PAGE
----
• Key measures to continue promoting youth engagement in decision-making across the Movement and strengthening youth leadership within the WSC beyond the current Youth Advisor system. The final report related to this work will be published soon responding to the World Scout Conference Resolution 2021-07. 
     
  • A review of the process for draft resolutions and any potential constitutional amendments for the 43rd World Scout Conference, and proposed changes to strengthen the Conference Rules of Procedure which will soon be communicated to NSOs.
     
  • The WSC approved to grant the World Scout Parliamentary Union (WSPU) as an organisation with consultative status with the WSC.
     
  • Updates on the ongoing preparations for upcoming World Scout events, including the programmes for the 66th JOTA-JOTI and 4th World Scout Education Congress (France), as well as the programme concept, participant experience and theme “A New Adventure” for the 43rd World Scout Conference (Egypt). The WSC also received status updates from the Hosts of the Conference, 17th World Scout Moot (Portugal), and 26th World Scout Jamboree (Poland).

Regarding future World Scout events, the WSC has approved the bids from the Rwanda Scouts Association (Rwanda) and The Scout Association (United Kingdom) to host the 44th World Scout Conference in 2027. These bids will be forwarded for consideration by the 43rd World Scout Conference in 2024 in Egypt.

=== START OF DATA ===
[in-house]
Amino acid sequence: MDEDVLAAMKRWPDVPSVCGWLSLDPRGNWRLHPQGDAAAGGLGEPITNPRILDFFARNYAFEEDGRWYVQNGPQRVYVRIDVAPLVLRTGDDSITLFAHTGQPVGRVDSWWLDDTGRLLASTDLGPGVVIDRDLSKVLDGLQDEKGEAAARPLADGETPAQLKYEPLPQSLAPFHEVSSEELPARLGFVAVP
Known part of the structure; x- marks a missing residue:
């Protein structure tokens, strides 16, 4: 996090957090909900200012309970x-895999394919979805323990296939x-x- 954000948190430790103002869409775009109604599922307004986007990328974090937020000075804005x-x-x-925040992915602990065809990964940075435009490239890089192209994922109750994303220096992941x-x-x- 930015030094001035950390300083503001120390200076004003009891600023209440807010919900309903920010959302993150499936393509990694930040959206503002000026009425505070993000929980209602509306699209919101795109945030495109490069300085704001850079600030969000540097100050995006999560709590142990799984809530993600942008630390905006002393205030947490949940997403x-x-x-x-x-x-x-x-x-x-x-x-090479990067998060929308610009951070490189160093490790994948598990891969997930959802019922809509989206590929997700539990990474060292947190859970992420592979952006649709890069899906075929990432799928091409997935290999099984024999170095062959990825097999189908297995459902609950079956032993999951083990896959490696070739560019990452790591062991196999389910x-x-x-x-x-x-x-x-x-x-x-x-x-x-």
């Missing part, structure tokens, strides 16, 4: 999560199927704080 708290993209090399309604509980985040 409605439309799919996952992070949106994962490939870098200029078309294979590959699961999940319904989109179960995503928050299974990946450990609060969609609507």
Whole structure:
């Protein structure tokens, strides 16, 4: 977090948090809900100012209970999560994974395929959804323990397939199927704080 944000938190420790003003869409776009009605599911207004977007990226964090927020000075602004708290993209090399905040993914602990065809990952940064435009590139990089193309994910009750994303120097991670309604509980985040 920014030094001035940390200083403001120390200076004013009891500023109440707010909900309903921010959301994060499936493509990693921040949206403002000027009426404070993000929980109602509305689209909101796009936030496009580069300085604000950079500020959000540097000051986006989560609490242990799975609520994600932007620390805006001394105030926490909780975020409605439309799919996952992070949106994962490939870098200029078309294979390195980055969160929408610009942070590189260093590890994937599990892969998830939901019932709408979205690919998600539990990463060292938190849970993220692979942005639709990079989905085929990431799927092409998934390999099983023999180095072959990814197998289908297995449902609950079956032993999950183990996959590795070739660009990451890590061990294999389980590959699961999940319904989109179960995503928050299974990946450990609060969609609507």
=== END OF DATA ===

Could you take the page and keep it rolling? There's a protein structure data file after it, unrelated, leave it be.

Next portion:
PPM & WSC

 

The bids for the World Scout Jamboree and World Scout Moot, as educational events, will be considered at the WSC's meeting in March 2024 after reflecting the learnings and outcomes of the Panel of Experts reviewing the 25th World Scout Jamboree. 

Therefore, the WSC has noted two potential bids, but postponed the final decision until March 2024 for the 17th World Scout Moot in 2029. The bids noted by the WSC are from Azerbaycan Skautlar Assosiasiyasi (Azerbaijan) and The General Association of the Scouts of China (Scouts of China). 

Similarly, the WSC has noted two potential bids, but postponed the final decision until March 2024 for the 27th World Scout Jamboree in 2031. The first bid noted by the WSC is by The Danish Scout Council (Denmark). The second bid is presented by an alliance consisting of the Bangladesh Scouts (Bangladesh), Asociación de Scouts del Ecuador (Ecuador), Egyptian Scout Federation (Egypt), The Kenya Scouts Association (Kenya), National Organization of Scouts of Ukraine (Ukraine) and the Boy Scouts of America (United States of America). This bid proposes the Jamboree to be held in the United States of America.

All approved bids and the potential bids noted by the WSC are fully governed under the Code of Conduct for bidding for World Events, effective immediately. 

The WSC agreed to convene its next business meeting in Kuala Lumpur, Malaysia from 22 - 24 March 2024.

On behalf of the entire WSC, together, we are pleased to share this comprehensive update from our recent meeting, and look forward to sharing more updates with NSO leadership at the upcoming NSO Town Hall on 8 October, as well as through ScoutPak and our Treehouse members community. 

Yours in Scouting,

 

Andy Chapman
Chairperson 
World Scout Committee